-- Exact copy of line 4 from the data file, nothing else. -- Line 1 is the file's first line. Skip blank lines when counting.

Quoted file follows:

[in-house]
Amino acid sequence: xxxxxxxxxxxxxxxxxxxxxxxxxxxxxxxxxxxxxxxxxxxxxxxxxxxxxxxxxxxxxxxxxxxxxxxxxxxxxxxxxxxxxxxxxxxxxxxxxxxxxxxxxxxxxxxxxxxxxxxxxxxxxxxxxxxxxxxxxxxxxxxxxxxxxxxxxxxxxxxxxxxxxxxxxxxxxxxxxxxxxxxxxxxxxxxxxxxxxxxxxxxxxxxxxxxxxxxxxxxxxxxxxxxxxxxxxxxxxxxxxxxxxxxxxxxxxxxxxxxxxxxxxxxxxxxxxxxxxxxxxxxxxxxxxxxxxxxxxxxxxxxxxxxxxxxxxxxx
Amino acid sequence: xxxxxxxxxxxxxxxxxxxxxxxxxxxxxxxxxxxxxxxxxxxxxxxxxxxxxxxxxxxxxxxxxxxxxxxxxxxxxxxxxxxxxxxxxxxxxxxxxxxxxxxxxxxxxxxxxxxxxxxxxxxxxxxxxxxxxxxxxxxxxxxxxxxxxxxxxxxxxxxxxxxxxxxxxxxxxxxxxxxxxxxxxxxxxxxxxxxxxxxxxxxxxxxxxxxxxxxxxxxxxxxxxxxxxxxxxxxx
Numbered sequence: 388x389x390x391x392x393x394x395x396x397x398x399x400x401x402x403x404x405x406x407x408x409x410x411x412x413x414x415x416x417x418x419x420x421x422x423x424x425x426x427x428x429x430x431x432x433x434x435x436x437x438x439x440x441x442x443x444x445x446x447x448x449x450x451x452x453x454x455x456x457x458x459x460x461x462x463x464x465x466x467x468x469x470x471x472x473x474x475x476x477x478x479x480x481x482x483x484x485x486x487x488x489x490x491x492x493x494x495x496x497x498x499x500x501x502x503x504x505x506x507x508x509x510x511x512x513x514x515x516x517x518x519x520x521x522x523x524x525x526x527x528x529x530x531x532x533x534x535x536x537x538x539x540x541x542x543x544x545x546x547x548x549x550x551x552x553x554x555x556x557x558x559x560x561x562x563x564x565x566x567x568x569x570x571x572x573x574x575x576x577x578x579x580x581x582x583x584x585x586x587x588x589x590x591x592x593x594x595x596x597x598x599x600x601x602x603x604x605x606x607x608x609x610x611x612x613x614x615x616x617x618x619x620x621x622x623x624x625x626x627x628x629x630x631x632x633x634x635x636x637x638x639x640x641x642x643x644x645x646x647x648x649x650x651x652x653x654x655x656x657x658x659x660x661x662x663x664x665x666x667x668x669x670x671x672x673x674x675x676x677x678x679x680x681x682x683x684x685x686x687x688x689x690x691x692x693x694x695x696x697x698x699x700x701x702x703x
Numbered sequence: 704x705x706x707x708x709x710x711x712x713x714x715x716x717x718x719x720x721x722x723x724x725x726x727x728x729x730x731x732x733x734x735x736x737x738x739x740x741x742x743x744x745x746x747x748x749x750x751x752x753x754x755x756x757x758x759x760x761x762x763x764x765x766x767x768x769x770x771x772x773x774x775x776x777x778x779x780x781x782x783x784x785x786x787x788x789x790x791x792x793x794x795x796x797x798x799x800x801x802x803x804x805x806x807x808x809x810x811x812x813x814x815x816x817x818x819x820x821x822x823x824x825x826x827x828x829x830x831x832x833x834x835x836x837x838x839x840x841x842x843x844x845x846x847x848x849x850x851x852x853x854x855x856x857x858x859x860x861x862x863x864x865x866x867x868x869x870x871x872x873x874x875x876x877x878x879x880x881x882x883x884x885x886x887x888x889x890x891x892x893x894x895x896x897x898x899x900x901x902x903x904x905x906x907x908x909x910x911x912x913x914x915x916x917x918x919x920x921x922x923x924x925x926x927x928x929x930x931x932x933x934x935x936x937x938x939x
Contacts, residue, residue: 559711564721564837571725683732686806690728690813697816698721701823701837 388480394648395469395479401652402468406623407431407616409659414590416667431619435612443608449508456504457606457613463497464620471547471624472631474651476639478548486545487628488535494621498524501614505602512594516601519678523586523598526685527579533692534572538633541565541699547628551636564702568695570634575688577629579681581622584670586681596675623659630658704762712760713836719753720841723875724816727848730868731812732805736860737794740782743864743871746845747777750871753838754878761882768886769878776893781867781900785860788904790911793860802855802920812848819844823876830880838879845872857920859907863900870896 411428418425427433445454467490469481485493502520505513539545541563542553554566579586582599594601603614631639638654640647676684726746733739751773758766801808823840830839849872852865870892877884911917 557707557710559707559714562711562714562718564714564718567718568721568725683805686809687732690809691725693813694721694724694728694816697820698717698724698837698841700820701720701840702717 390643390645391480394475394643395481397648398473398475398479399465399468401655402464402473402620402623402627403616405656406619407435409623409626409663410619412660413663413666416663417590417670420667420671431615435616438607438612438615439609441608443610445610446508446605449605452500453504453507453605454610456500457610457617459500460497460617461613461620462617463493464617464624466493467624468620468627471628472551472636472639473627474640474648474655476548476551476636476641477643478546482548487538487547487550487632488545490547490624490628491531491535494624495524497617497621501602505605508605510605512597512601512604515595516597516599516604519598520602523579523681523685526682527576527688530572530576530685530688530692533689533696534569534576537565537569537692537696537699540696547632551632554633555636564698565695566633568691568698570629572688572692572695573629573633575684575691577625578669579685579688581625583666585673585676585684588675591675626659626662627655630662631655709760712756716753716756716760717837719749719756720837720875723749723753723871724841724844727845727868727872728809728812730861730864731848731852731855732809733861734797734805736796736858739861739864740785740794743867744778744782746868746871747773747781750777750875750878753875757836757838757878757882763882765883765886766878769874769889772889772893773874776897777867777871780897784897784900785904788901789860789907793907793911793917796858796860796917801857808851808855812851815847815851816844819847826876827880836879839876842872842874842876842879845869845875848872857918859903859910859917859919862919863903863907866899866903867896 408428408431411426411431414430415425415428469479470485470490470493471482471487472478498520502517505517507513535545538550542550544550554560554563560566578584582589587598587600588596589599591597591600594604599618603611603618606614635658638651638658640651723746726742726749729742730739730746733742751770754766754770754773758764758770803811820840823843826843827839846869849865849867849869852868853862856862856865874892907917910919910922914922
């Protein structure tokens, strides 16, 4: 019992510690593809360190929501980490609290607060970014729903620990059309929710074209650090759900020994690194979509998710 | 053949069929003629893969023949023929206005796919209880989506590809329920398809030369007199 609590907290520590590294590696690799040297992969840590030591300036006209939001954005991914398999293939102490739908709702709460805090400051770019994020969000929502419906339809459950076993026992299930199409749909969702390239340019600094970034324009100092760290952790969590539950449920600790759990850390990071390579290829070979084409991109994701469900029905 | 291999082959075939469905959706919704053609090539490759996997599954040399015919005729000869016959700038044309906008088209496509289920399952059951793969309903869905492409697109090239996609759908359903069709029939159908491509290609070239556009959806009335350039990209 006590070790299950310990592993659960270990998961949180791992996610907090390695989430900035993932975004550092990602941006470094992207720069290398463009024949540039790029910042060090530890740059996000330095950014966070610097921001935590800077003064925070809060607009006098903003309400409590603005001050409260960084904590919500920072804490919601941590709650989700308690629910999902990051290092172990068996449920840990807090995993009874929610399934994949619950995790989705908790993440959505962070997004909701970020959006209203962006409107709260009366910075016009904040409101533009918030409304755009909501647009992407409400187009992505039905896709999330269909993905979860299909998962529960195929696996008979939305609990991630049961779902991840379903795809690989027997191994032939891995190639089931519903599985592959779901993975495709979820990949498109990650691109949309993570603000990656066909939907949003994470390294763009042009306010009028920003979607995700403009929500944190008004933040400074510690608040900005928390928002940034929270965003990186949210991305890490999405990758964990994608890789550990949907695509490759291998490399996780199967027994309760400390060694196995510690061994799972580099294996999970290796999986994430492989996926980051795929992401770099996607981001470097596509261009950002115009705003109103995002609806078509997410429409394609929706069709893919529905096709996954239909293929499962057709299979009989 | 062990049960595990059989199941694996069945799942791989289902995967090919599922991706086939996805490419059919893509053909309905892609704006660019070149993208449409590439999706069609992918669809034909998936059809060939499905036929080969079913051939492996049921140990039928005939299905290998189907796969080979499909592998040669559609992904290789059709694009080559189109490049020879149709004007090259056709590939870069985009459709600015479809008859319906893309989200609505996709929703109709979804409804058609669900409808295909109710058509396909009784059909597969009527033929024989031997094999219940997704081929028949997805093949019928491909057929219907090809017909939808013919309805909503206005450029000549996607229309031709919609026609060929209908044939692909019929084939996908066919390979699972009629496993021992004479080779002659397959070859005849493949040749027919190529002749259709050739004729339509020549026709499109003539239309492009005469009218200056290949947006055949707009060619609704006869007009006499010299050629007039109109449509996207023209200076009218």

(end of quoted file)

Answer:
Numbered sequence: 388x389x390x391x392x393x394x395x396x397x398x399x400x401x402x403x404x405x406x407x408x409x410x411x412x413x414x415x416x417x418x419x420x421x422x423x424x425x426x427x428x429x430x431x432x433x434x435x436x437x438x439x440x441x442x443x444x445x446x447x448x449x450x451x452x453x454x455x456x457x458x459x460x461x462x463x464x465x466x467x468x469x470x471x472x473x474x475x476x477x478x479x480x481x482x483x484x485x486x487x488x489x490x491x492x493x494x495x496x497x498x499x500x501x502x503x504x505x506x507x508x509x510x511x512x513x514x515x516x517x518x519x520x521x522x523x524x525x526x527x528x529x530x531x532x533x534x535x536x537x538x539x540x541x542x543x544x545x546x547x548x549x550x551x552x553x554x555x556x557x558x559x560x561x562x563x564x565x566x567x568x569x570x571x572x573x574x575x576x577x578x579x580x581x582x583x584x585x586x587x588x589x590x591x592x593x594x595x596x597x598x599x600x601x602x603x604x605x606x607x608x609x610x611x612x613x614x615x616x617x618x619x620x621x622x623x624x625x626x627x628x629x630x631x632x633x634x635x636x637x638x639x640x641x642x643x644x645x646x647x648x649x650x651x652x653x654x655x656x657x658x659x660x661x662x663x664x665x666x667x668x669x670x671x672x673x674x675x676x677x678x679x680x681x682x683x684x685x686x687x688x689x690x691x692x693x694x695x696x697x698x699x700x701x702x703x